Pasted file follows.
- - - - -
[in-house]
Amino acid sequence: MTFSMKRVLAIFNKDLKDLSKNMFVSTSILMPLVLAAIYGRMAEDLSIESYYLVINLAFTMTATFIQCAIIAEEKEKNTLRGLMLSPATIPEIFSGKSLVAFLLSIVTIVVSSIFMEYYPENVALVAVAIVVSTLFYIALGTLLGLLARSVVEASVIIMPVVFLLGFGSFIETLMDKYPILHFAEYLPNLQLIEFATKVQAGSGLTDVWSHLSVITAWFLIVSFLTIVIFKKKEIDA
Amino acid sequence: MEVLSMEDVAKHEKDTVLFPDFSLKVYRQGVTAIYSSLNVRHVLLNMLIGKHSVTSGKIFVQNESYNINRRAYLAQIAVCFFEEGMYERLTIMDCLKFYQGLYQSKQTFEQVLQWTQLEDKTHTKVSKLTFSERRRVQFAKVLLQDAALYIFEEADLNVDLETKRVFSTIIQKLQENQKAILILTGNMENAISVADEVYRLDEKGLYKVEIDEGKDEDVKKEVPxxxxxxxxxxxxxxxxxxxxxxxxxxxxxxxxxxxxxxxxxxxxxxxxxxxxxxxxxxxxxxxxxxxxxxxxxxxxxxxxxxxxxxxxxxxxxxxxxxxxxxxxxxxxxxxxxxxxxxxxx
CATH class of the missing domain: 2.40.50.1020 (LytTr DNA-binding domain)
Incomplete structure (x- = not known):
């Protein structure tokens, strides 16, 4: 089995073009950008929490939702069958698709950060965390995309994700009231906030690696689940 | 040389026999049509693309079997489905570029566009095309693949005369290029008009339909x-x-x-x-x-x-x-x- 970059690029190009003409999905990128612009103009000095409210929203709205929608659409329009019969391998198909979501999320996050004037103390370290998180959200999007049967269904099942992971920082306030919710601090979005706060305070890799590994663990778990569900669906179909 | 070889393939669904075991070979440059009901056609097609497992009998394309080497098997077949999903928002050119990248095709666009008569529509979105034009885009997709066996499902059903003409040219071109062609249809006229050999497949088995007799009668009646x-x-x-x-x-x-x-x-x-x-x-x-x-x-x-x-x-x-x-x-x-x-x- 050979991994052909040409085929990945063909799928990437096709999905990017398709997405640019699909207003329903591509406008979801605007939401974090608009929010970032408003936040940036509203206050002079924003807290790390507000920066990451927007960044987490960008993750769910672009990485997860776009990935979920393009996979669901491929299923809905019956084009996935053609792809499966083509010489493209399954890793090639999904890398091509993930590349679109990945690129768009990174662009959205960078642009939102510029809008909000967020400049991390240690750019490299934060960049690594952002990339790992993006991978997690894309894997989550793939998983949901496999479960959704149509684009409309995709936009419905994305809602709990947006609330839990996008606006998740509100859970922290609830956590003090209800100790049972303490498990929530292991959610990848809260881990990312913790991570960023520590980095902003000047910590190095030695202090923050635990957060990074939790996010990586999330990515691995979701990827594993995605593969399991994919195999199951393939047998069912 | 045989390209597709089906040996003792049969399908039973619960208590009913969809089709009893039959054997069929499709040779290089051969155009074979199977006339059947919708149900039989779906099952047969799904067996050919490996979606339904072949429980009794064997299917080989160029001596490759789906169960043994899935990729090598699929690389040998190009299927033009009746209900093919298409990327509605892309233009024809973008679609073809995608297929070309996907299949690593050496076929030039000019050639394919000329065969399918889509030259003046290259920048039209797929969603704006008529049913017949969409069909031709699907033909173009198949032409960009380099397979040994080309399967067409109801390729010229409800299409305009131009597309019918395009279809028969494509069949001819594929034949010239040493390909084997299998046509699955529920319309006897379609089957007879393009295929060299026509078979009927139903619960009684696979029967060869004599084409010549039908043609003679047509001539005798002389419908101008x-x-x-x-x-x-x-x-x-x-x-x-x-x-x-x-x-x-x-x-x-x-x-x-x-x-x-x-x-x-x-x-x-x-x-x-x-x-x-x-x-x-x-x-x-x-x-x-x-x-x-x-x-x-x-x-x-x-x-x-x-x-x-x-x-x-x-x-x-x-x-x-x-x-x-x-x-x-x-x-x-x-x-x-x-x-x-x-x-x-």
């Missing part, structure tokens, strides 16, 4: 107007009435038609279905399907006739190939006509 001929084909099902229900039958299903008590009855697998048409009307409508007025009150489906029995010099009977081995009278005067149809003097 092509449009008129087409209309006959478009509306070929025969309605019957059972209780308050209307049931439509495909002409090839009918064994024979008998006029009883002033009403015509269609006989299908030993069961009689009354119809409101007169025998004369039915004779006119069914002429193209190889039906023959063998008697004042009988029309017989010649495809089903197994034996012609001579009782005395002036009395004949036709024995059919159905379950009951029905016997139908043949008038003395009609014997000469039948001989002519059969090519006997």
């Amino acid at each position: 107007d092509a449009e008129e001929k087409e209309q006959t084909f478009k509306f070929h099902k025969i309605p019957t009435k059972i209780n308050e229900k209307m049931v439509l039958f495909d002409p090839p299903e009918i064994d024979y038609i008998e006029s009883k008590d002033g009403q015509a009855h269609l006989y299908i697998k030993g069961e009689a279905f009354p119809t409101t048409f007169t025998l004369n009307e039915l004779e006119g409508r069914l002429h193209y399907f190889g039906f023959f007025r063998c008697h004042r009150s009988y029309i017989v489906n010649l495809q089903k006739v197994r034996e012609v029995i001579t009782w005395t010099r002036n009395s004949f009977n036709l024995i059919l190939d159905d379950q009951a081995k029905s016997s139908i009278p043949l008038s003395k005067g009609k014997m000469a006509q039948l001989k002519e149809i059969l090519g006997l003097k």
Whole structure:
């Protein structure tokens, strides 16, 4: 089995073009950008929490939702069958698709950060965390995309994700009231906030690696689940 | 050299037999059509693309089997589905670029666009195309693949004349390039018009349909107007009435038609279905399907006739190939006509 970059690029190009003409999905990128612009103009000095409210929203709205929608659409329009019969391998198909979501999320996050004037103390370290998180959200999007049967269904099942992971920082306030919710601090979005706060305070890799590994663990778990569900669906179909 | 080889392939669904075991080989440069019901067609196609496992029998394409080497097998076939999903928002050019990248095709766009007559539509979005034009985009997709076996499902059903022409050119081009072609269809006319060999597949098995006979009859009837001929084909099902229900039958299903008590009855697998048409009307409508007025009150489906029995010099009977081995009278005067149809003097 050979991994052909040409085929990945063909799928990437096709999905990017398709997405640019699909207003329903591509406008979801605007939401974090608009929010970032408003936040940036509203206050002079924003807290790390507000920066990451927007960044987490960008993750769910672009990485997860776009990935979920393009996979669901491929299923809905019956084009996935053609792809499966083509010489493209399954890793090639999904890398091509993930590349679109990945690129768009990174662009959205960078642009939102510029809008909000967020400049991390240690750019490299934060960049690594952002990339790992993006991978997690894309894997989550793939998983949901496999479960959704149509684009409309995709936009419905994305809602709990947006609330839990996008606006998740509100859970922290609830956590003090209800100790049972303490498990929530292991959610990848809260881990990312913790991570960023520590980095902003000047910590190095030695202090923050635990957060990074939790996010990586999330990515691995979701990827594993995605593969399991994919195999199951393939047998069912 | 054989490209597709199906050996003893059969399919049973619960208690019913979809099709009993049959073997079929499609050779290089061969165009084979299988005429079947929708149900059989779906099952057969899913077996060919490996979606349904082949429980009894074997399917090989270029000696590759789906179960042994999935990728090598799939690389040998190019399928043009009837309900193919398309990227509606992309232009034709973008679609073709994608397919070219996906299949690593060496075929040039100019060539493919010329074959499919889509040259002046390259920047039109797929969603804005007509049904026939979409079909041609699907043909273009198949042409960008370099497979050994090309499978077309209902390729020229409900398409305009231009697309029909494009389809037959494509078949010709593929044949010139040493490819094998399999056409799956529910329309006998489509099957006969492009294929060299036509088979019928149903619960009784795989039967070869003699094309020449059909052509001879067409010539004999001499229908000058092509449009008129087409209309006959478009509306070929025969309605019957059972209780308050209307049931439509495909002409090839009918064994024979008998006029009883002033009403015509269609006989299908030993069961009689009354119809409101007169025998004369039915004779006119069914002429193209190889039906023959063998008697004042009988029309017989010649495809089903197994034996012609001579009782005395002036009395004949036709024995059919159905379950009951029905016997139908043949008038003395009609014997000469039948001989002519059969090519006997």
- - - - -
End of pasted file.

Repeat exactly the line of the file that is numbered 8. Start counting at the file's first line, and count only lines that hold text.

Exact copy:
């Amino acid at each position: 107007d092509a449009e008129e001929k087409e209309q006959t084909f478009k509306f070929h099902k025969i309605p019957t009435k059972i209780n308050e229900k209307m049931v439509l039958f495909d002409p090839p299903e009918i064994d024979y038609i008998e006029s009883k008590d002033g009403q015509a009855h269609l006989y299908i697998k030993g069961e009689a279905f009354p119809t409101t048409f007169t025998l004369n009307e039915l004779e006119g409508r069914l002429h193209y399907f190889g039906f023959f007025r063998c008697h004042r009150s009988y029309i017989v489906n010649l495809q089903k006739v197994r034996e012609v029995i001579t009782w005395t010099r002036n009395s004949f009977n036709l024995i059919l190939d159905d379950q009951a081995k029905s016997s139908i009278p043949l008038s003395k005067g009609k014997m000469a006509q039948l001989k002519e149809i059969l090519g006997l003097k």